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New Pathogen Detection Assay Pairs Molecular Inversion Probes, Next-Generation Sequencing

By LabMedica International staff writers
Posted on 21 Feb 2022
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Image: Oxford Nanopore Technologies’ MinIon sequencer is the only portable real-time device for DNA and RNA sequencing (Photo courtesy of Bradley Kroner (RDECOM)
Image: Oxford Nanopore Technologies’ MinIon sequencer is the only portable real-time device for DNA and RNA sequencing (Photo courtesy of Bradley Kroner (RDECOM)

Next-generation sequencing is rapidly finding footholds in numerous microbiological fields, including infectious disease diagnostics. Molecular inversion probe (MIP) technology can be coupled with next-generation sequencing (NGS) for targeted, multiplexed pathogen detection.

Application of molecular inversion probes (MIPs) before sequencing mitigates several of the classic issues surrounding NGS. Issues such as cost per sample, host background, and necessity for a priori knowledge for real-time PCR are mitigated through MIP multiplex amplification of several signatures at once to include virulence elements, resistance genes, and other identifying elements.

Infectious Disease specialists at the Army Medical Research Institute of Infectious Disease (Fort Detrick, MD, USA) designed a pathogen detection panel consisting of 94 probes targeting 17 viral pathogens and one parasitic organism, eight probes targeting variable 16S rRNA gene regions for bacterial taxonomic classification, as well as 71 probes targeting antibiotic resistance elements. Human clinical serum samples from suspected chikungunya virus (CHIKV) infections were analyzed and determined by using real-time RT-PCR

The Pathogen Identification Panel (PIP) was designed by using the CLC Genomics Workbench (CLC Bio, Cambridge, MA, USA) and AlleleID 7.73 (PREMIER Biosoft, Palo Alto, CA, USA). The scientists tested the ability of the MiSeq sequencer (Illumina, San Diego, CA, USA) and the MinIon sequencer (Oxford Nanopore Technologies [ONT], Oxford Science Park, UK) to sequence small amplicons originating from this panel for the identification of pathogens in complex matrices.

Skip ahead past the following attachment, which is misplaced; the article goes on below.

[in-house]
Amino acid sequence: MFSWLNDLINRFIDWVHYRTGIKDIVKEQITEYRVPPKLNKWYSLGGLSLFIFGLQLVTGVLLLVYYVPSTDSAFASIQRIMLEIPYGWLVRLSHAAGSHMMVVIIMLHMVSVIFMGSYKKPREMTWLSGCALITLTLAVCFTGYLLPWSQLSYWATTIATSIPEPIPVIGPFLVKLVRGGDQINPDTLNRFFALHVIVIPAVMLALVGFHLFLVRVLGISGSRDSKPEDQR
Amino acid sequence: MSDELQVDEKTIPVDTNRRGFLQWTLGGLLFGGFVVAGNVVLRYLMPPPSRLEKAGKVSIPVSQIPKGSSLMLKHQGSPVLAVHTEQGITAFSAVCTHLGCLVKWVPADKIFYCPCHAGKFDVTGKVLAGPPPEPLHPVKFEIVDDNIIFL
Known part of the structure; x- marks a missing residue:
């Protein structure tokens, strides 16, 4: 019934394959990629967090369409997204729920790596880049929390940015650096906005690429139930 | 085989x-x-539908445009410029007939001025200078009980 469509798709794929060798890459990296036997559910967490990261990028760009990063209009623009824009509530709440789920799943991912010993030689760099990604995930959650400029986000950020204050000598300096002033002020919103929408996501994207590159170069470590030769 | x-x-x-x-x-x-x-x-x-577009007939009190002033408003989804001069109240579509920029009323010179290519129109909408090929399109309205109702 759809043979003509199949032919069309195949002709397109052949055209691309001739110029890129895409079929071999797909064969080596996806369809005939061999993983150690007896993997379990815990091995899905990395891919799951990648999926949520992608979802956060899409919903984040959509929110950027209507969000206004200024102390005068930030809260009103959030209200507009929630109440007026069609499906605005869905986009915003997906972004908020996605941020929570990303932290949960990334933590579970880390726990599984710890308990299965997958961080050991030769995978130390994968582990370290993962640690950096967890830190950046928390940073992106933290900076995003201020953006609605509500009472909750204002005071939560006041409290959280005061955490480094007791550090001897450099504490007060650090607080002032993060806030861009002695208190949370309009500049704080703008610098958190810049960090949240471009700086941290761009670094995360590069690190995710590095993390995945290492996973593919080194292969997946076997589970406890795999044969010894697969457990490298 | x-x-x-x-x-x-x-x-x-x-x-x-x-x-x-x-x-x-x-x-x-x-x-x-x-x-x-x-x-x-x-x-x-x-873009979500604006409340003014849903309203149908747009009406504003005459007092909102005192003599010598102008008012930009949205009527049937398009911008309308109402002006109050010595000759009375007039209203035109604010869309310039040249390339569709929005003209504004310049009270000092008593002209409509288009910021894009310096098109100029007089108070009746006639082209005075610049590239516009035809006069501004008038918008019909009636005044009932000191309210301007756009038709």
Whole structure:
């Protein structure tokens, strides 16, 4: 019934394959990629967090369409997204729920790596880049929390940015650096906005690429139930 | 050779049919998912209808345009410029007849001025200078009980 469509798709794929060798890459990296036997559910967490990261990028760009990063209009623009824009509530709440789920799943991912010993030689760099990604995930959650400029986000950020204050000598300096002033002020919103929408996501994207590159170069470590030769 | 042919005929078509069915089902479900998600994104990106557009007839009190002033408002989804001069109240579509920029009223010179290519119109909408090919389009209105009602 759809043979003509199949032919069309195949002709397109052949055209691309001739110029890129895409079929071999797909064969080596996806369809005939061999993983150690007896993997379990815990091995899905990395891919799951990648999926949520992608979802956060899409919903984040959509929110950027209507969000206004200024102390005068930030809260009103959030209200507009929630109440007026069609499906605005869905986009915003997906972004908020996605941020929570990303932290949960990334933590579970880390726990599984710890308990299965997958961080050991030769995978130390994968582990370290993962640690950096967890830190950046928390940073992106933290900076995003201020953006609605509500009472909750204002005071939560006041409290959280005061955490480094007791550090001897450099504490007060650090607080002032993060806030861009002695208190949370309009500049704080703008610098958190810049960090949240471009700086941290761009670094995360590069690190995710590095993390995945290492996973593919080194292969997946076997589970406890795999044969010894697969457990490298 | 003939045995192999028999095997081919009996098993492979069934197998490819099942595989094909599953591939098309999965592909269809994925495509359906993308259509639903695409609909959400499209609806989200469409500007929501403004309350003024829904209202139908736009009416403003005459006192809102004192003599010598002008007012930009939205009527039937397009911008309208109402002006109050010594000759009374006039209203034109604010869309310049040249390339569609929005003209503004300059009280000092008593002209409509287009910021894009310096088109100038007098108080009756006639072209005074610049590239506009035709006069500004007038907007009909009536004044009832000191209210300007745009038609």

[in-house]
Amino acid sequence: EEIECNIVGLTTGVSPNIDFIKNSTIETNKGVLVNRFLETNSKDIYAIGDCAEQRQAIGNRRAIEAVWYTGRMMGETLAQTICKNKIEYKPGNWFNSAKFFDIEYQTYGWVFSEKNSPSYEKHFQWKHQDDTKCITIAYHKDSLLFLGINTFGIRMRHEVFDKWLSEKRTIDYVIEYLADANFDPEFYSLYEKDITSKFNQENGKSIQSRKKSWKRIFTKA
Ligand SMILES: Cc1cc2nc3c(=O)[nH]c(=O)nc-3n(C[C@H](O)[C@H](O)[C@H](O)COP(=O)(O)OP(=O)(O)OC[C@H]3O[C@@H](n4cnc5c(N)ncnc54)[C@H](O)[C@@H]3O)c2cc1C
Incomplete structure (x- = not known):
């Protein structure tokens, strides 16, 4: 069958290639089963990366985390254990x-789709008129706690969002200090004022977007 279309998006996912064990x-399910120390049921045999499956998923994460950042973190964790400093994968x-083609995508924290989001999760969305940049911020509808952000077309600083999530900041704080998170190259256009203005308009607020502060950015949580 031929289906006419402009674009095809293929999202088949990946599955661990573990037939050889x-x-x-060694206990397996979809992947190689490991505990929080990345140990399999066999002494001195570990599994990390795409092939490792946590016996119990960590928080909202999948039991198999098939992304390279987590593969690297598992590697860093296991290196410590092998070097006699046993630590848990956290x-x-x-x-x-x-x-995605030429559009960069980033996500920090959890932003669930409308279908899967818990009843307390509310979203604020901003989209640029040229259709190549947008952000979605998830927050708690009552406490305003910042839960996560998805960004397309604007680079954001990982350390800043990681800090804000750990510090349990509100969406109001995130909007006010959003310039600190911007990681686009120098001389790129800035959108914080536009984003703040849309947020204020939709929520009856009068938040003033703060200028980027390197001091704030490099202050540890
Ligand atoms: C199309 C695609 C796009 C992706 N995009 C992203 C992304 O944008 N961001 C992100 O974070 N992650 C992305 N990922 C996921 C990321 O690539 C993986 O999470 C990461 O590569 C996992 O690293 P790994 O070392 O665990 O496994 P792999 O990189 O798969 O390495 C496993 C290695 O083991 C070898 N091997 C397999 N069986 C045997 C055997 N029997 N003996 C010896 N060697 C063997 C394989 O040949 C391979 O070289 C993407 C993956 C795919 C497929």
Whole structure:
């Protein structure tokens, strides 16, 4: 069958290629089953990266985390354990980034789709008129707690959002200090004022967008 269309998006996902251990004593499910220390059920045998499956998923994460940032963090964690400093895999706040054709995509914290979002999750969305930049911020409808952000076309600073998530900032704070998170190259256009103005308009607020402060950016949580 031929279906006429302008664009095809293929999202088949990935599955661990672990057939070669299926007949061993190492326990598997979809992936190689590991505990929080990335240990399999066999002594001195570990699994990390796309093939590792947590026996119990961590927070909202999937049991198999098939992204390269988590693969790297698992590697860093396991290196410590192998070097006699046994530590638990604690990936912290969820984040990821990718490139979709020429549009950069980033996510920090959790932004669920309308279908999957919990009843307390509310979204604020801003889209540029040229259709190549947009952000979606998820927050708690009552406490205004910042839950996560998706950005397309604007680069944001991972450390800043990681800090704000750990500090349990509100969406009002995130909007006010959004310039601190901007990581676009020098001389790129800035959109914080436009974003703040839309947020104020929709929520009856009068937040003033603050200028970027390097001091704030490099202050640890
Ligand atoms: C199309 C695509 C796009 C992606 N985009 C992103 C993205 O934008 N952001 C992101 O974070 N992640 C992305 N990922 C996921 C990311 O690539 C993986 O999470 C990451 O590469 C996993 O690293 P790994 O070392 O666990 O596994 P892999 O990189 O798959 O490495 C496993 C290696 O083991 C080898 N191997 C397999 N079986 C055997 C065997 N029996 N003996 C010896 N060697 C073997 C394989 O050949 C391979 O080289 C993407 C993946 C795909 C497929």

The investigators reported that Illumina sequencing did produce more reads than nanopore sequencing; the average number of reads per sample was approximately 500,000 for Illumina and 50,000 for ONT. Nevertheless, in the end, both platforms performed relatively similar in their sensitivity, specificity, and general statistics. The team did discover some nuances between the two platforms, specifically when it came to 16S taxonomic classification. Of the 31 bacterial pathogens targeted with the MIP panel and subsequently sequenced, the team found Illumina sequencing achieved a genus-level concordance of 96.7% compared to 90.3% with nanopore sequencing. While both sequencing platforms misclassified Klebsiella oxytoca as Enterobacter, nanopore sequencing also misclassified Burkholderia cepecia and Enterobacter aerogenes.

Timothy Minogue, PhD, deputy division chief of USAMRIID’s diagnostic systems division and senior author of the study, said, “The main advantage of using MIPs is the ability to multiplex. Compared with multiplex PCR, which requires different sets of primers for different target organisms, MIP enrichment uses universal primers for all amplifications, removing the PCR competition.”

The authors concluded that MIPs continue to be a valuable upfront molecular amplification technique easily adapted to ever-evolving downstream molecular technologies. The fundamental molecular aspects of MIPs, including the specificity and adaptability afforded by the linker backbone, promises this molecular technique will continue to be utilized well into the future. The study was published on January 24, 2022 in The Journal of Molecular Diagnostics.

Related Links:
Army Medical Research Institute of Infectious Disease 
PREMIER Biosoft 
Oxford Nanopore Technologies 

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